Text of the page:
AU - Aizenstein, Howard J.

AU - Cochran, Jennifer L.

AU - Saxton, Judith A.

AU - De Kosky, Steven T.

AU - Newman, Anne B.

AU - Kuller, Lewis H.

AU - Lopez, Oscar L.

AU - Carter, Cameron S

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N2 - Background: Attentional control of executive cognitive function (ECF) decreases in older individuals with Alzheimer Disease (AD). In order to examine early AD-related changes in the neural substrates of ECF attentional control, we measured activation dorsolateral prefrontal (dLPFC), posterior parietal (PPC), and anterior cingulate cortex (ACC) in adults with mild cognitively impairment (MCI) and in cognitively normal (CN) adults. Methods: Functional magnetic resonance imaging analysis of brain activation in MCI (n = 8, mean age 79.5) and CN (n = 8 mean age 81.5) during increasing loads of attentional demands. Results: MCI and CN older adults performed with similar accuracy and reaction time. MCI had greater activation than CN in PPC (right p = .03 and left p = .05) and dlPFC areas (right p = .002 and left p = .004), while activation in ACC was similar in the two groups. Response to increasing loads of the task differed by group: MCI selectively engaged bilateral PPC (right p = .03, left p = .04), while CN subjects increased bilateral dlPFC activation (right p = .005 and left p = .02) and ACC activation (p = .04). Among MCI, greater load-related changes in PPC activity were associated with smaller load-related changes in accuracy rates (r = -.85, p = .07) and greater increases in reaction times (r = .97, p = .01). In CN subjects, load-related change in PPC activation was associated with load-related change in reaction time (r = .76, p = .02) but not with changes in accuracy rates. Conclusions: PPC and dlPFC may show early functional changes associated with MCI.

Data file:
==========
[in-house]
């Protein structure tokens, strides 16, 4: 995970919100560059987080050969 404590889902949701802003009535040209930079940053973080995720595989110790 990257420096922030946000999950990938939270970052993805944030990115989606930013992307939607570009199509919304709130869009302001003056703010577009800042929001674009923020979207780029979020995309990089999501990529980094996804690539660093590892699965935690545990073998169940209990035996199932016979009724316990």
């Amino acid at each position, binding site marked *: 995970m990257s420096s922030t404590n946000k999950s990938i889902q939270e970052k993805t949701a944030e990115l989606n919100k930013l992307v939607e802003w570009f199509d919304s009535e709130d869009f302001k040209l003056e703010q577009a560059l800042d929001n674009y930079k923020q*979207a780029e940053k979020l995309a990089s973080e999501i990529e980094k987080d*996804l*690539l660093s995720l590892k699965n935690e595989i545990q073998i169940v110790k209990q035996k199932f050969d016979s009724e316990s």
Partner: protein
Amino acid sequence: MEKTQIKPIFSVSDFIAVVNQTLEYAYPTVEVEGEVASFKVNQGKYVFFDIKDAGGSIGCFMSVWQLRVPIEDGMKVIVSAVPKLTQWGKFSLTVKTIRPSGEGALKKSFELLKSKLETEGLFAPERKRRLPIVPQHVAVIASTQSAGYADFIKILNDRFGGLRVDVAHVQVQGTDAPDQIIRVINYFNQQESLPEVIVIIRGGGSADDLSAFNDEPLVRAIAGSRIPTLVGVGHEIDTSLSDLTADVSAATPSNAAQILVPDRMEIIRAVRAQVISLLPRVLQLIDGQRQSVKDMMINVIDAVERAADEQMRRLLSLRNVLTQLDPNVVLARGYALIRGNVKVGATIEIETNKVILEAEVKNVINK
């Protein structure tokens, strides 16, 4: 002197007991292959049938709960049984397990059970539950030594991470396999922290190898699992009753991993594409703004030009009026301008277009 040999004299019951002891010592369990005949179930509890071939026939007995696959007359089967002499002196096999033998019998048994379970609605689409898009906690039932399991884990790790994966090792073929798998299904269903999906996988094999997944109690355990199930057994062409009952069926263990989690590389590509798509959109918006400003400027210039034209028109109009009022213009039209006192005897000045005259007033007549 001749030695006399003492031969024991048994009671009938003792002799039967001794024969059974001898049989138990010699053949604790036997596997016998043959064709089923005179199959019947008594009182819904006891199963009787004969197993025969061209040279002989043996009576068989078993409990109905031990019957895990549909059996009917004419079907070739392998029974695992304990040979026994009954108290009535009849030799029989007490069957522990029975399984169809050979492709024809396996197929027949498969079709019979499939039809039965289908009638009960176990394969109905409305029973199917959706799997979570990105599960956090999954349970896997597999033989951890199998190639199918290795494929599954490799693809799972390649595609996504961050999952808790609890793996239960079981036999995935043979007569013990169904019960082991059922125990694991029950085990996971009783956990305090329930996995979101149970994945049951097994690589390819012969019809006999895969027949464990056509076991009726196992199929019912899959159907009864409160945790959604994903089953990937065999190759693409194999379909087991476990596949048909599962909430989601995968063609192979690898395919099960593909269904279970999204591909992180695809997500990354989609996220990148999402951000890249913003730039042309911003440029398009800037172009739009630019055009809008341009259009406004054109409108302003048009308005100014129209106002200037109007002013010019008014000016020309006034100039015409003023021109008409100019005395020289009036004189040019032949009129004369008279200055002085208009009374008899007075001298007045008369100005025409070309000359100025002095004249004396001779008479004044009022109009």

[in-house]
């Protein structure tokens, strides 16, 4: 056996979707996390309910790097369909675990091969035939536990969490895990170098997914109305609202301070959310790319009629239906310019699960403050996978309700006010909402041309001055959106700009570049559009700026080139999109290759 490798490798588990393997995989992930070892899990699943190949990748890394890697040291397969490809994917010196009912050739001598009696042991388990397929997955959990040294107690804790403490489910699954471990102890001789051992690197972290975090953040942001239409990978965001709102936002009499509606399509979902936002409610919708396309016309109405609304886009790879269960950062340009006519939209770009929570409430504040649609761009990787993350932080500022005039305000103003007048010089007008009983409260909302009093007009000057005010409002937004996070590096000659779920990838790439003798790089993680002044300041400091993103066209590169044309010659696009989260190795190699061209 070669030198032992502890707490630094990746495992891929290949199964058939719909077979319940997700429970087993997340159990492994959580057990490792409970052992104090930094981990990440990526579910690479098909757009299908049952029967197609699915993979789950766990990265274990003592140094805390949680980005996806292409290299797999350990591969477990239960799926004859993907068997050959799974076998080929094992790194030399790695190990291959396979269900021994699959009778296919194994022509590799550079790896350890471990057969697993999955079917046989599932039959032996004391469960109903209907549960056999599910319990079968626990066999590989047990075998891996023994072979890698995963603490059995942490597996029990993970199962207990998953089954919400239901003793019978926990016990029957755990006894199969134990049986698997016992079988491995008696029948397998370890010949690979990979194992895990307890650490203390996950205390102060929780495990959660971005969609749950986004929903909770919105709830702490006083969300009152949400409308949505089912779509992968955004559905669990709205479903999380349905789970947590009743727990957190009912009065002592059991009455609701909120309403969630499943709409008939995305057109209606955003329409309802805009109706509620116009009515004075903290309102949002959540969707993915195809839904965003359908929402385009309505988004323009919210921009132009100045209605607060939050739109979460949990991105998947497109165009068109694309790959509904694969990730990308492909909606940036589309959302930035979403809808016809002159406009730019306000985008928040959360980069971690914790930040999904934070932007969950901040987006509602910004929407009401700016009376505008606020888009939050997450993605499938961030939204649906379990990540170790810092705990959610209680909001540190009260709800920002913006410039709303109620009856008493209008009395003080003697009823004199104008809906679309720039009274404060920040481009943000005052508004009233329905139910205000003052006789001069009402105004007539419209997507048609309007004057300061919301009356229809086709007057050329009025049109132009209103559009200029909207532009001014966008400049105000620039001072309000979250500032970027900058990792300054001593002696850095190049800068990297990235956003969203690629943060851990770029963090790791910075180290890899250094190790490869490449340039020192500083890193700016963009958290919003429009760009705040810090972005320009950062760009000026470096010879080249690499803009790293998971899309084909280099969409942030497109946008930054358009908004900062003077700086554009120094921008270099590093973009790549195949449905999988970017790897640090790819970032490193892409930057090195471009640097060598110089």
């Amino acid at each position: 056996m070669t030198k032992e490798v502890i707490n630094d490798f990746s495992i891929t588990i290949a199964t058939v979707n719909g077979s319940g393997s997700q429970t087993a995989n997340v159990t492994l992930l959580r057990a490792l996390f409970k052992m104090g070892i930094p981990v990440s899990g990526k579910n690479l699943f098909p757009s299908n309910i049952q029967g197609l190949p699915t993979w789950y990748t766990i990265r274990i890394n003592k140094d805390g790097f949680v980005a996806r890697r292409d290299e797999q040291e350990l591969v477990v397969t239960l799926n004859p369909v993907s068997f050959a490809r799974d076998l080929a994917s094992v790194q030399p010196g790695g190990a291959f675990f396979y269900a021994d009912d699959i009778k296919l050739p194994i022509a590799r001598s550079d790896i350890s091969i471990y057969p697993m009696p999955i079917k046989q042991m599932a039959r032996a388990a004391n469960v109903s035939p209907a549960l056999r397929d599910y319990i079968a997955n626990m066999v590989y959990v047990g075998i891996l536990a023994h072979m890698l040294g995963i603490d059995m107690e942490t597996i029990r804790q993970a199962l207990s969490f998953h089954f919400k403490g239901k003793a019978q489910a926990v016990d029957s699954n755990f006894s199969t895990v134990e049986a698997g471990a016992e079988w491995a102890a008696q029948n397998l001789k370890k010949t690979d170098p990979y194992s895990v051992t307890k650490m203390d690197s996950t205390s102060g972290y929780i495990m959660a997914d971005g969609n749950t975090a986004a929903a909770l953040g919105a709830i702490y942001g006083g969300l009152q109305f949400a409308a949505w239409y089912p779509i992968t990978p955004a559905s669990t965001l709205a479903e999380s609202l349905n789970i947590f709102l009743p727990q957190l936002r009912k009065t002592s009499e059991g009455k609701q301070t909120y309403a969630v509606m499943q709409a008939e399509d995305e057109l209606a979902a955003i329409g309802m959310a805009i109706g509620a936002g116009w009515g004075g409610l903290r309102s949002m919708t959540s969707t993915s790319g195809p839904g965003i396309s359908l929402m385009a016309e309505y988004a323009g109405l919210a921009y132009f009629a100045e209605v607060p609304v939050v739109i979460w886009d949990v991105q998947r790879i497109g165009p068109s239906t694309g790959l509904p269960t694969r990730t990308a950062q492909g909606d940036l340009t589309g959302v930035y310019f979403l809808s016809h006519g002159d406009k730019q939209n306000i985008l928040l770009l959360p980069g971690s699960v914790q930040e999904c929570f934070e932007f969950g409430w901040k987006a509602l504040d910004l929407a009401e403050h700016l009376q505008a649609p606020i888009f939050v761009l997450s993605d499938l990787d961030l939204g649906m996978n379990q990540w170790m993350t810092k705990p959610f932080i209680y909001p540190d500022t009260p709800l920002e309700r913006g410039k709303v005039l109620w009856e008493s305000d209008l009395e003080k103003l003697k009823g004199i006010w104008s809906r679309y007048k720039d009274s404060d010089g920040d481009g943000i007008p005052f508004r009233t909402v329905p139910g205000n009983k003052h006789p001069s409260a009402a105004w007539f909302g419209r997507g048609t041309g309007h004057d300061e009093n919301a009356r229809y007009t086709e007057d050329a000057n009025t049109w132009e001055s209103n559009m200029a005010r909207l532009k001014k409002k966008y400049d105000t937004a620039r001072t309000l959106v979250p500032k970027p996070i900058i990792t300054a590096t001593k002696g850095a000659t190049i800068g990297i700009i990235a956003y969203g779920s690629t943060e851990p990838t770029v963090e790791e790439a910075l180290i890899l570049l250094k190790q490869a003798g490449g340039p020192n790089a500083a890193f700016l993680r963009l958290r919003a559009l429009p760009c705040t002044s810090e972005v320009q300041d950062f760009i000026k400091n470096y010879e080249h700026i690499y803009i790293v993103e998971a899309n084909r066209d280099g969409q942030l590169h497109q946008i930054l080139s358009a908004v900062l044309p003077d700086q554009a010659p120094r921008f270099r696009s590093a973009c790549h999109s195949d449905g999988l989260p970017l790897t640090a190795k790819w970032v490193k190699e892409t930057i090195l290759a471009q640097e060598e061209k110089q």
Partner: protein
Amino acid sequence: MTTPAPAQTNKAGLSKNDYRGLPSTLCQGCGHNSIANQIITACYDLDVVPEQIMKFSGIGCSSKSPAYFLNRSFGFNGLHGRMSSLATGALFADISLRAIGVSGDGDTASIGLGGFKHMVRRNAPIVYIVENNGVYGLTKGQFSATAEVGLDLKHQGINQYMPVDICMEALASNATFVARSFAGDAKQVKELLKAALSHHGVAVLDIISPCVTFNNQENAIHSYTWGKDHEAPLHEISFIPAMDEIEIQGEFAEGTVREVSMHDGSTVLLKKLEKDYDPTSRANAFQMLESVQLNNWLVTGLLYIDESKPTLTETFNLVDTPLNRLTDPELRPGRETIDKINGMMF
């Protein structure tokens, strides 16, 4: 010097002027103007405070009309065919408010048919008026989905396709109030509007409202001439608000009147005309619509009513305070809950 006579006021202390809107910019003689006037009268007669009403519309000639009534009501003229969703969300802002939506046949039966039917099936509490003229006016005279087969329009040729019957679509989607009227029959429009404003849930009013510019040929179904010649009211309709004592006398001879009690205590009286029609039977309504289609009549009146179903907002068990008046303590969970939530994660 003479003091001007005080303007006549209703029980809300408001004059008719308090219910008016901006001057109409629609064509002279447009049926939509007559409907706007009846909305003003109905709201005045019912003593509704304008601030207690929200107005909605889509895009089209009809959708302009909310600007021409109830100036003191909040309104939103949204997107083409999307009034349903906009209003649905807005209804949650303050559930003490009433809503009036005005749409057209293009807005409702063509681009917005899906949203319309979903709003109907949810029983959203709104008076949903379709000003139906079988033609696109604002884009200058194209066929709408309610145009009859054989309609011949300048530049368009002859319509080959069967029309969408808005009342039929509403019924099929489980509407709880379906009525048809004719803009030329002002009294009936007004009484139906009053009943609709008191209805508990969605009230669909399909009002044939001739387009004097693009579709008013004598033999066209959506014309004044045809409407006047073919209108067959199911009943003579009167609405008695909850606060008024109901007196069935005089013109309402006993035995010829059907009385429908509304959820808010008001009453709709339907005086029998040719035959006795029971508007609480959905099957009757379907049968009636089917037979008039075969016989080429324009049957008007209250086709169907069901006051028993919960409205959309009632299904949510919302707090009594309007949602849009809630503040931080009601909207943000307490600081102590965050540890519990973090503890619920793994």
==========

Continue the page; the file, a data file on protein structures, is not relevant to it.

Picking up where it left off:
AB - Background: Attentional control of executive cognitive function (ECF) decreases in older individuals with Alzheimer Disease (AD). In order to examine early AD-related changes in the neural substrates of ECF attentional control, we measured activation dorsolateral prefrontal (dLPFC), posterior parietal (PPC), and anterior cingulate cortex (ACC) in adults with mild cognitively impairment (MCI) and in cognitively normal (CN) adults. Methods: Functional magnetic resonance imaging analysis of brain activation in MCI (n = 8, mean age 79.5) and CN (n = 8 mean age 81.5) during increasing loads of attentional demands. Results: MCI and CN older adults performed with similar accuracy and reaction time. MCI had greater activation than CN in PPC (right p = .03 and left p = .05) and dlPFC areas (right p = .002 and left p = .004), while activation in ACC was similar in the two groups. Response to increasing loads of the task differed by group: MCI selectively engaged bilateral PPC (right p = .03, left p = .04), while CN subjects increased bilateral dlPFC activation (right p = .005 and left p = .02) and ACC activation (p = .04). Among MCI, greater load-related changes in PPC activity were associated with smaller load-related changes in accuracy rates (r = -.85, p = .07) and greater increases in reaction times (r = .97, p = .01). In CN subjects, load-related change in PPC activation was associated with load-related change in reaction time (r = .76, p = .02) but not with changes in accuracy rates. Conclusions: PPC and dlPFC may show early functional changes associated with MCI.

KW - Dementia

KW - Executive cognitive function

KW - Functional MRI